Not sure who told you this, but highly unlikely. Crosses don't go for that much unless they have proven themselves to be very good at something in the show ring. Even a warmblood would not go for that in my area and they are incredibly popular and people will pay more than they are worth half the time.

    I don't know Arab bloodlines, but even if your horse has very good lines and so does the stud, you are not going to sell any baby out of her for that much.

    But I'm sure people have bred horses with worse.

    Of course they have, that doesn't justify you doing it too.

    Some people breed just to breed...at least I examine every perspective and have a perfectly sound horse with good conformation (don't quote me on that, as I am not an expert at conformation; but I have been told by many that she has good conformation by many knowledged horse people)

    Glad she's sound, but from what I see, she has a very short back and long pasterns in the back. Also, back to the asthma, you are thinking you'll have to retire her early because of it. Not necessarily something she'll pass on, but would still keep many responsible people from breeding her and taking the chance.

    But I have handled her (not training though, I've never worked with her and she's not broke to ride yet -- she's going for training soon) and I'd have help with my own foal. I know what I'm doing at least, I'm just a tad inexperienced. :P

    Bit of a contradiction...

    Also...I get the whole college thing. I still have no idea what I'm going to be doing, I don't know what I want to do. I don't have a "dteam job". My dream is only one thing -- to ride, to have horses, to train my own foal and know it from the day it's born. Okay, that's 4 things, but they're all related. :P And I will do whatever I have to do to make that dream reality. When I go to college, I'll be going somewhere near my home and staying at home.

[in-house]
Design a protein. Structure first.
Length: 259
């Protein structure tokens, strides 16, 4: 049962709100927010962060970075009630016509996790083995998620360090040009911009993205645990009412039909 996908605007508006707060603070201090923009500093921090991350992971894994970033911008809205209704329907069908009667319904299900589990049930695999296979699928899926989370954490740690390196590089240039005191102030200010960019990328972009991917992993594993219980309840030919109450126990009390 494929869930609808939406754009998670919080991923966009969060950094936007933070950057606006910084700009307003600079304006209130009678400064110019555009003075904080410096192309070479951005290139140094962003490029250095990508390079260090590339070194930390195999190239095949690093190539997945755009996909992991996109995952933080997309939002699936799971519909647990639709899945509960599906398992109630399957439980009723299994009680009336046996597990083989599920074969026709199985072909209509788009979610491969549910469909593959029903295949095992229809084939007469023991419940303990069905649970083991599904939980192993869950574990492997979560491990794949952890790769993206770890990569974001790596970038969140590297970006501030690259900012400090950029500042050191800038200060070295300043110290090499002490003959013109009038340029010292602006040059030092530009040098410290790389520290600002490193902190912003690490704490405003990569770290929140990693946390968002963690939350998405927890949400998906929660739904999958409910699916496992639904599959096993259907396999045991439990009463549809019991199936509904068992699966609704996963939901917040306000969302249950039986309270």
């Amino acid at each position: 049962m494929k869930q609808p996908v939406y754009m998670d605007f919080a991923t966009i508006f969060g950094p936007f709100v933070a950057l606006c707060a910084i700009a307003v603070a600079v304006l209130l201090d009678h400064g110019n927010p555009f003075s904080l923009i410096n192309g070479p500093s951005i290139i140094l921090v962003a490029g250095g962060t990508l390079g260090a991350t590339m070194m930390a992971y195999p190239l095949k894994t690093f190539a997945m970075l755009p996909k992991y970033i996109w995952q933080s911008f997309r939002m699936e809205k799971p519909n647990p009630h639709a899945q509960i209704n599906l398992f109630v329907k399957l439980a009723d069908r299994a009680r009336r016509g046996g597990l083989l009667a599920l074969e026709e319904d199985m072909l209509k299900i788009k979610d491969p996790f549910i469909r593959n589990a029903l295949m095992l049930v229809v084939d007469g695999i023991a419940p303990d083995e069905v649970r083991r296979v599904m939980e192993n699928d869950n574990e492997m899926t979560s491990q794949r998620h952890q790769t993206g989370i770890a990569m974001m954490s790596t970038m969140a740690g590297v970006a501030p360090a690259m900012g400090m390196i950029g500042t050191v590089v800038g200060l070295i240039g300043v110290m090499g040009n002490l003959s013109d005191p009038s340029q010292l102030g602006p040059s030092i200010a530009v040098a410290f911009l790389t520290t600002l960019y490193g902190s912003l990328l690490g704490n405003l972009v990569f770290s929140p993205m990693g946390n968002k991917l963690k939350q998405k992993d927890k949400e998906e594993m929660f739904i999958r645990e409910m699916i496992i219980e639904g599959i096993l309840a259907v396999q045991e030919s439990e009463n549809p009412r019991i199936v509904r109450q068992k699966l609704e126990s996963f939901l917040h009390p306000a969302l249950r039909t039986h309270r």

If you have no idea what you are going to do after high school, then that is just more reason to wait and not breed your mare.
         
        10-29-2013, 07:33 PM
      #30
    Trained
    Post the pedigree of your mare and I can tell you if the 20k for a purebred foal is realistic.
    In the meantime I can assure you that 20k $ foals don't come from unknown backyard breeders. It's the big breeders who can get this much for a foal, but they breed about40, 50 mares a year and that results in maybe one or two high priced ones. The other 38 usually go to auction or directly on the meat truck.
    IF your mare were a proven show mare, especially halter, with national titles under her belt, and you would use a stallion with the same credentials or better, you might stand a chance.

    I still think conformation of her hindend is way less than ideal, looks like she has DSLD(I can only judge from the pics you posted, of course).

    IMHO, you're much better off getting one of those auction foals, where you can pick color and gender, and raise that and make a good equine citizen out of it. That way you won't endanger your mare's life, and do a good deed in the process.